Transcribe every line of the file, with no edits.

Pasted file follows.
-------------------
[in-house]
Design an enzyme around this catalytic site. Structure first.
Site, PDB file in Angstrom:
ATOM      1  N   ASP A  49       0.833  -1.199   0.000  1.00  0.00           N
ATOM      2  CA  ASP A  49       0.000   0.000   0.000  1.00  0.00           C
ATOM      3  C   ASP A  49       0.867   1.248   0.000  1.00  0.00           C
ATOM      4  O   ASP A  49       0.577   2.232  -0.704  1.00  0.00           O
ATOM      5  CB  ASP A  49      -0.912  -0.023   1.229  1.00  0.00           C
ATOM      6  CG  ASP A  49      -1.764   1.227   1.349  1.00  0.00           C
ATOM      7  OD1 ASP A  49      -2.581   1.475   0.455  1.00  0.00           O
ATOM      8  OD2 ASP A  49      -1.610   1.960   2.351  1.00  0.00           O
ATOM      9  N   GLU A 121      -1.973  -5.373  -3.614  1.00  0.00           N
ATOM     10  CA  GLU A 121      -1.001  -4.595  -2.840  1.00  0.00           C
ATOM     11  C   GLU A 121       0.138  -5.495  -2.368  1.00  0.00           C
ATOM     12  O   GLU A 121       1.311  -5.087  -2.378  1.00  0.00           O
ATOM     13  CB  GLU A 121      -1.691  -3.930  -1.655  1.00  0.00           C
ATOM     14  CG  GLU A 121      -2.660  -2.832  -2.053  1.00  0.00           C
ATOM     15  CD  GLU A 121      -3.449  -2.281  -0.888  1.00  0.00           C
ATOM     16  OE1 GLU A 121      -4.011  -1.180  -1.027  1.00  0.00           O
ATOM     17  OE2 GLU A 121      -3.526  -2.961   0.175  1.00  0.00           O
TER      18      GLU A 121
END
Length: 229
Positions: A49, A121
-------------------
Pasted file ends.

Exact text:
[in-house]
Design an enzyme around this catalytic site. Structure first.
Site, PDB file in Angstrom:
ATOM      1  N   ASP A  49       0.833  -1.199   0.000  1.00  0.00           N
ATOM      2  CA  ASP A  49       0.000   0.000   0.000  1.00  0.00           C
ATOM      3  C   ASP A  49       0.867   1.248   0.000  1.00  0.00           C
ATOM      4  O   ASP A  49       0.577   2.232  -0.704  1.00  0.00           O
ATOM      5  CB  ASP A  49      -0.912  -0.023   1.229  1.00  0.00           C
ATOM      6  CG  ASP A  49      -1.764   1.227   1.349  1.00  0.00           C
ATOM      7  OD1 ASP A  49      -2.581   1.475   0.455  1.00  0.00           O
ATOM      8  OD2 ASP A  49      -1.610   1.960   2.351  1.00  0.00           O
ATOM      9  N   GLU A 121      -1.973  -5.373  -3.614  1.00  0.00           N
ATOM     10  CA  GLU A 121      -1.001  -4.595  -2.840  1.00  0.00           C
ATOM     11  C   GLU A 121       0.138  -5.495  -2.368  1.00  0.00           C
ATOM     12  O   GLU A 121       1.311  -5.087  -2.378  1.00  0.00           O
ATOM     13  CB  GLU A 121      -1.691  -3.930  -1.655  1.00  0.00           C
ATOM     14  CG  GLU A 121      -2.660  -2.832  -2.053  1.00  0.00           C
ATOM     15  CD  GLU A 121      -3.449  -2.281  -0.888  1.00  0.00           C
ATOM     16  OE1 GLU A 121      -4.011  -1.180  -1.027  1.00  0.00           O
ATOM     17  OE2 GLU A 121      -3.526  -2.961   0.175  1.00  0.00           O
TER      18      GLU A 121
END
Length: 229
Positions: A49, A121